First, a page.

Phantom – Our Canadian Horse

Phantom – Our Canadian Horse

November 9th, 2018

Gimlet Lynx Phantom – Our Canadian Horse

Phantom is new to the ranch and has already enjoyed gathering the cattle and a few trail rides.  Phantom is a registered Canadian Horse, a breed known for their versatility.  Phantom was born June 30, 2004 and is now 15.3 hands tall and weighs about 1400 lbs.  Both of his parents are registered Canadian horses which makes him 100% purebred.  We know that Phantom will enjoy the ranch as much as our guests do and are excited that you all will have the opportunity to meet him next season.  You can’t miss him out in the pasture! Phantom is best described by the words of Etienne Faillon, a 18th century historian; “Small but robust, hocks of steel, thick mane floating in the wind, bright and lively eyes, pricking sensitive ears at the least noise, going along day or night with the same courage, wide awake beneath its harness, spirited, good, gentle, affectionate, following his road with finest instinct to come surely to his own stable.”

Phantom’s full name is Gimlet Lynx Phantom and each name has its own meaning.  The first name, Gimlet, stands for their herd name.  This comes from their breeder, whoever owns the mare when the foal is born.  Each breeder is able to choose their own herd name as long as it is not used by another.  This is very similar to cattle branding.  Each brand and placement is unique to each ranch.  The second name, Lynx, is the sire’s common name.  This is the name that his sire, his father, was called.  And the third name, Phantom, is the horse’s given name.  Each year has an assigned letter; a foal’s given name must start with the letter assigned to the year they are born.  In 2004 the letter was “P”, any foal born in 2004 has a name starting with the letter “P”.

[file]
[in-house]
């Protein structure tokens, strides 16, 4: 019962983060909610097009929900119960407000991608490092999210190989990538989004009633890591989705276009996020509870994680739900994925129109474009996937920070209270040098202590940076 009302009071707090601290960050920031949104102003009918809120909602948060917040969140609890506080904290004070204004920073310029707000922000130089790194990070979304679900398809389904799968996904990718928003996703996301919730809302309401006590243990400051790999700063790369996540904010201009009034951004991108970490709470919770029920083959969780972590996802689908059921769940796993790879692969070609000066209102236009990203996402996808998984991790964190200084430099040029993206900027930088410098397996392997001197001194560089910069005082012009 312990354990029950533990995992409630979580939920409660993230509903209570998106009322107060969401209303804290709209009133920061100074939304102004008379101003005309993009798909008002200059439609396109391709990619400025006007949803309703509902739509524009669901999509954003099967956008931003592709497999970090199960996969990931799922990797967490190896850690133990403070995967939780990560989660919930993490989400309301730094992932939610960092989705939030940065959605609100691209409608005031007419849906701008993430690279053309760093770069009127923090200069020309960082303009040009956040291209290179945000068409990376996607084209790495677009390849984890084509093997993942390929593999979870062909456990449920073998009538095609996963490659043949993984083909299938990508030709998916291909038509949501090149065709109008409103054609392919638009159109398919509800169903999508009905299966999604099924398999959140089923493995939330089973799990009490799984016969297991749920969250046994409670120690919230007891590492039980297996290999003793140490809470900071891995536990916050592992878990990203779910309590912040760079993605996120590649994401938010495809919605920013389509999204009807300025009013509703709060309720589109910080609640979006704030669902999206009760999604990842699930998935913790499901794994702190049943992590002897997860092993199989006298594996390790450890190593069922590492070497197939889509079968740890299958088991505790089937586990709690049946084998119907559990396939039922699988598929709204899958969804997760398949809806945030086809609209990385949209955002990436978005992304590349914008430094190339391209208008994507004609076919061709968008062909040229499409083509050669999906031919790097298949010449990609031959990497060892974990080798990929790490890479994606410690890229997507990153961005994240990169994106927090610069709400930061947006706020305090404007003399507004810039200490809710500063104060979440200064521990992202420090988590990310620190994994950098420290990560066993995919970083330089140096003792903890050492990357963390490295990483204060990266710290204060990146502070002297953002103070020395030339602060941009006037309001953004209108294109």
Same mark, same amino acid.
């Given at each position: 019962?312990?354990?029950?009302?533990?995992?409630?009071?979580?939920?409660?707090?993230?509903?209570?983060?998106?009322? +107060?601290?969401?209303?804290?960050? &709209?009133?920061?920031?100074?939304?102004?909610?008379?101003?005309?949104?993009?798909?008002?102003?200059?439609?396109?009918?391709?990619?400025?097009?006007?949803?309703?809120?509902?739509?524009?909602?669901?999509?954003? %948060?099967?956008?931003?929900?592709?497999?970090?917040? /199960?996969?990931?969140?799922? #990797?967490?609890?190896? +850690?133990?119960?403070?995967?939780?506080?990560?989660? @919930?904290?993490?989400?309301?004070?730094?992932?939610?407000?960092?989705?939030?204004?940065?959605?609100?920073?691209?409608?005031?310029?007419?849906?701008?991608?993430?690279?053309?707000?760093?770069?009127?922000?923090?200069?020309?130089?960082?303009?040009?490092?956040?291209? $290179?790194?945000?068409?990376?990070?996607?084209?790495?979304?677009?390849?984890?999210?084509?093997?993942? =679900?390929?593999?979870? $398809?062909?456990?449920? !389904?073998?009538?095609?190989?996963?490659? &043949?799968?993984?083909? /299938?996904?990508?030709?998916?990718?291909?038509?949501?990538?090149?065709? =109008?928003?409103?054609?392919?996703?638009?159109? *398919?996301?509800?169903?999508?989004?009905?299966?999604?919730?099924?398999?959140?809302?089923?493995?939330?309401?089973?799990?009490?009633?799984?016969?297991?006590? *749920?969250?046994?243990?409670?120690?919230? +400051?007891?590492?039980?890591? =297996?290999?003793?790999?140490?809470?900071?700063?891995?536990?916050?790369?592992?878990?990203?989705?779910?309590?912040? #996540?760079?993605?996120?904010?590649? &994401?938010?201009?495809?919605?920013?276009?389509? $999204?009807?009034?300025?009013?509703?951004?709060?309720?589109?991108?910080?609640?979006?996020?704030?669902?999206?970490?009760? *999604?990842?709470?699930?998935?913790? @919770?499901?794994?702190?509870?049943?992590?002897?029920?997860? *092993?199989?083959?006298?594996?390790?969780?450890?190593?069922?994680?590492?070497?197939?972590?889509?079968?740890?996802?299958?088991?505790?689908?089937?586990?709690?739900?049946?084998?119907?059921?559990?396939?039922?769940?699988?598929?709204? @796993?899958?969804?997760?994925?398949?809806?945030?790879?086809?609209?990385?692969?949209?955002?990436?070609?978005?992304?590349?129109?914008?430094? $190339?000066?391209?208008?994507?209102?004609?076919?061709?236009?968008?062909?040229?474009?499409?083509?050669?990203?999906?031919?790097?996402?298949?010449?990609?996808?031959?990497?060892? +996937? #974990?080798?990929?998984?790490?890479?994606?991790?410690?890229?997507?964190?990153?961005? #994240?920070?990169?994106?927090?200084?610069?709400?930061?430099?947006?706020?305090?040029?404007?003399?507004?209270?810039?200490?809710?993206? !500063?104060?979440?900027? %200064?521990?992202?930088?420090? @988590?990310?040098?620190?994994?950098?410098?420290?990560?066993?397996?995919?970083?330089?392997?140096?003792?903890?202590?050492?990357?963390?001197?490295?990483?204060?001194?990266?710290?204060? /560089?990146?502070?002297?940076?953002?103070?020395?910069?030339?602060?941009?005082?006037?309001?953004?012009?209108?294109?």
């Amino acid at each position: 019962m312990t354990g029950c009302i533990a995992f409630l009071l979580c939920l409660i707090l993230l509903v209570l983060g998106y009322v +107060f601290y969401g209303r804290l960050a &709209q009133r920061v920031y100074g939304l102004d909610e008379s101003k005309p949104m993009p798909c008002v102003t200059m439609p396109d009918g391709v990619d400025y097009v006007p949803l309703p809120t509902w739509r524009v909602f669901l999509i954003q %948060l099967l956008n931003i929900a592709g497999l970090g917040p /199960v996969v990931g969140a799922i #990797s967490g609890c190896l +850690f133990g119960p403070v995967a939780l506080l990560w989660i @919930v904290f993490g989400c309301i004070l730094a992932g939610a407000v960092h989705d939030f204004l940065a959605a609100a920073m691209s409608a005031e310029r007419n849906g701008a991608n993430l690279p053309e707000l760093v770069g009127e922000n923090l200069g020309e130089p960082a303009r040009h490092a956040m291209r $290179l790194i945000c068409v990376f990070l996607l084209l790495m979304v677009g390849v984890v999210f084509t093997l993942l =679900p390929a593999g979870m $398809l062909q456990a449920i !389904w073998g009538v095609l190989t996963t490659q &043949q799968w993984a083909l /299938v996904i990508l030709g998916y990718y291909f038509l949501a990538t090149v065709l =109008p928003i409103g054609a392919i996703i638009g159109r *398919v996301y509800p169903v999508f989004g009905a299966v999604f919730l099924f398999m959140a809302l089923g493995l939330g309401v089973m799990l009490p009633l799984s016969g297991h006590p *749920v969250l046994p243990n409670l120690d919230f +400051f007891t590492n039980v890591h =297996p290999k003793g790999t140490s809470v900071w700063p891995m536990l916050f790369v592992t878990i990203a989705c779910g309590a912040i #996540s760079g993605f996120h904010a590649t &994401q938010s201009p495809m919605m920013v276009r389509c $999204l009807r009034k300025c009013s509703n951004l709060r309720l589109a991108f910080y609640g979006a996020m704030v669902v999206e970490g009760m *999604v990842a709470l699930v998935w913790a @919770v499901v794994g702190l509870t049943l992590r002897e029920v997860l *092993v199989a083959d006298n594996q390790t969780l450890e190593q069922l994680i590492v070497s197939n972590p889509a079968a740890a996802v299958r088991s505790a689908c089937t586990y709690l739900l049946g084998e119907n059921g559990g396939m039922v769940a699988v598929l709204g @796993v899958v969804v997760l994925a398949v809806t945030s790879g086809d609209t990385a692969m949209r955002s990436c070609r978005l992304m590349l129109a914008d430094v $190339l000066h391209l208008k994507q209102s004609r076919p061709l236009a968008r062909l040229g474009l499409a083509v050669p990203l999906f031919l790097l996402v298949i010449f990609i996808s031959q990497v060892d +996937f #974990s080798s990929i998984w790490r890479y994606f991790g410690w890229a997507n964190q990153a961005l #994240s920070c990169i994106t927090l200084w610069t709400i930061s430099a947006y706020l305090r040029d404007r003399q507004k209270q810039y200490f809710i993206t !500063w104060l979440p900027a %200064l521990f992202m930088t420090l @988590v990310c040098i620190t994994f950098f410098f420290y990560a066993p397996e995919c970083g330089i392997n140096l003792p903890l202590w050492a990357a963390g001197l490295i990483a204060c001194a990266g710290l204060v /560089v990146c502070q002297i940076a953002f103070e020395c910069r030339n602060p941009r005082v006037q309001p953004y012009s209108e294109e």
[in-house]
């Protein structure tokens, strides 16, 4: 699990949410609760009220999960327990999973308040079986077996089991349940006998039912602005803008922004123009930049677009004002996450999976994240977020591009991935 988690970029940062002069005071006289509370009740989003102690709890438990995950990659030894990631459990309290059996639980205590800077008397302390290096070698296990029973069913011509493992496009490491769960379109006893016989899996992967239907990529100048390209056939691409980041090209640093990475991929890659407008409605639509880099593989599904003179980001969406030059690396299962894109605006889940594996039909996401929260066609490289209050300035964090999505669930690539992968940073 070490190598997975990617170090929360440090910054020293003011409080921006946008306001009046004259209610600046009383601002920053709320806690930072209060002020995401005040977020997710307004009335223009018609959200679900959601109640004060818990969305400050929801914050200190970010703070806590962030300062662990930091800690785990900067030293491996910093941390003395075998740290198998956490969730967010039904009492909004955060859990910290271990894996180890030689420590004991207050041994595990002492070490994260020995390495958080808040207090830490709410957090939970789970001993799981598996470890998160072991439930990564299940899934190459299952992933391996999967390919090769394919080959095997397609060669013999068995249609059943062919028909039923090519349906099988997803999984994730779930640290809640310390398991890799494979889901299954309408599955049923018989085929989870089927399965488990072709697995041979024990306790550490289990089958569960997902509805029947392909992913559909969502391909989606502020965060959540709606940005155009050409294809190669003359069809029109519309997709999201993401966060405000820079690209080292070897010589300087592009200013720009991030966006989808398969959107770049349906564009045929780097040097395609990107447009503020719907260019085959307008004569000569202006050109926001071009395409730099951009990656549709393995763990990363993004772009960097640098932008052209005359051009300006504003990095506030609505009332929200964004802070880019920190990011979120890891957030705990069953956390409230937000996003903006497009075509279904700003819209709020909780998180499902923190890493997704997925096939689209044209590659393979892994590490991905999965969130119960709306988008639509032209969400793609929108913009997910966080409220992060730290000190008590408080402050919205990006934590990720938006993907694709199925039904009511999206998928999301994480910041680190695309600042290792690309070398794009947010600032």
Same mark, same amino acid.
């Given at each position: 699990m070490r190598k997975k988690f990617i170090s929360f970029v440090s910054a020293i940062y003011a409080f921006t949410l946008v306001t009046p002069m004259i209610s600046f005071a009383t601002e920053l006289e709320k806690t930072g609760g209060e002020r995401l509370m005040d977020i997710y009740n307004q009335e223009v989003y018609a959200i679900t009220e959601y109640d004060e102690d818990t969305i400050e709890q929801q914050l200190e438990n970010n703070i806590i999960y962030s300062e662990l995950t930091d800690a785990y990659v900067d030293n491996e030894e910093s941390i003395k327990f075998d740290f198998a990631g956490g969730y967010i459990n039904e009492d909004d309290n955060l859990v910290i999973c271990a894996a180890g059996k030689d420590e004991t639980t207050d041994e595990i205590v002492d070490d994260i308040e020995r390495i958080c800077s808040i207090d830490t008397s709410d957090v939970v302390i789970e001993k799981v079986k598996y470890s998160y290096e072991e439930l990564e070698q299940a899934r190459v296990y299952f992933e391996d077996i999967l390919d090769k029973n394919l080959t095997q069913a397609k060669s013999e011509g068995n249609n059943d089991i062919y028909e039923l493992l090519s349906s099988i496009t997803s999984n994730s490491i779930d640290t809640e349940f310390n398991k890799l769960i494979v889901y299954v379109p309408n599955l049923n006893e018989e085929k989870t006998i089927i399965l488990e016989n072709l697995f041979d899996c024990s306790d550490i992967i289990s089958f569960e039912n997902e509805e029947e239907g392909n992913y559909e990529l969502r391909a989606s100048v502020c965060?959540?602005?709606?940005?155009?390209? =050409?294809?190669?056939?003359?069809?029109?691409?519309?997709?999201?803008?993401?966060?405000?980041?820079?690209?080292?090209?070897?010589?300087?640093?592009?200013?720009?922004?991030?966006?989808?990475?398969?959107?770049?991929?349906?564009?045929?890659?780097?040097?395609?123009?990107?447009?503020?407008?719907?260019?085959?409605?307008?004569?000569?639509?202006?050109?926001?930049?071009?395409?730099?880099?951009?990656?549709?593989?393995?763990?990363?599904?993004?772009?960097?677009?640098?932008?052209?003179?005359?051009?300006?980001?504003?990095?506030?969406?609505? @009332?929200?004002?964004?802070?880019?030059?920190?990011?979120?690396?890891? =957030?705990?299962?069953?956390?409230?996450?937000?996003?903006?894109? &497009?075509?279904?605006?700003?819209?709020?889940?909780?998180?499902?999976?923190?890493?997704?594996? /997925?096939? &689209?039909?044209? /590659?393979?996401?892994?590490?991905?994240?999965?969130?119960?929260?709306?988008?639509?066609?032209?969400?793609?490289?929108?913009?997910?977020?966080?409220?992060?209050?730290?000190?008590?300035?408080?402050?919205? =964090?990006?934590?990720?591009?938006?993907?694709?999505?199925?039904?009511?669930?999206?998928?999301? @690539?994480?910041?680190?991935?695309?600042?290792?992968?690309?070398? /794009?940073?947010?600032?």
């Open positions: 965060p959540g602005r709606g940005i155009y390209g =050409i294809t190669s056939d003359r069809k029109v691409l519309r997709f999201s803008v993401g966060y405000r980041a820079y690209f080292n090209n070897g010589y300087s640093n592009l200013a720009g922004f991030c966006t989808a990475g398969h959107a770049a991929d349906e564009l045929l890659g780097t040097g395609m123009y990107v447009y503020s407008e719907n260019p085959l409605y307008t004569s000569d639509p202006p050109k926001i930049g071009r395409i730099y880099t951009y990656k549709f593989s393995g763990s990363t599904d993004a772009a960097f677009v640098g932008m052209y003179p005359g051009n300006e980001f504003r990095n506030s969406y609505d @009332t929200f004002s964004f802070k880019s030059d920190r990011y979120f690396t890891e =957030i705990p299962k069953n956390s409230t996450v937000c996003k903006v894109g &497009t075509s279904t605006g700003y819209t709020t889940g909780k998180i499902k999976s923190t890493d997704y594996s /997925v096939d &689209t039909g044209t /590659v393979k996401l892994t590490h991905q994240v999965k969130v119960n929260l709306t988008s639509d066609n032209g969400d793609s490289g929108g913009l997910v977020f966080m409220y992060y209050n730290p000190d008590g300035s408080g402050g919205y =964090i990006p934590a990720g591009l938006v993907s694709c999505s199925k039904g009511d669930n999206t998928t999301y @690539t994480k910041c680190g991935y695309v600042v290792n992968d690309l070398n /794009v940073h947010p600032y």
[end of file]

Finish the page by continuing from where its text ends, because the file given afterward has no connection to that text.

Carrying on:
In the 17th century King Louis XIV sent over three stallions and thirty-nine mares to New England.  As people started to notice their agility, drive, and versatility, they became more and more popular.  Owners of the Canadian horses wanted to add their abilities into other breeds.  This started a huge surge of cross breeding.  After a while there were few purebreds left, due to exports of the breed and crossbreeding.  When these Canadian horses faced the dangers of extinction a few of their admirers came together and formed the Canadian Horse Breeders Association.  This association was able to make eight pure bloodlines from the purebred horses that were still left.  These eight bloodlines make up for the majority of the Canadian horses today.  In 1940 there were only 144 registered horses now there are over 2,500 purebred Canadian horses in the registry.

Blog Written by Shelby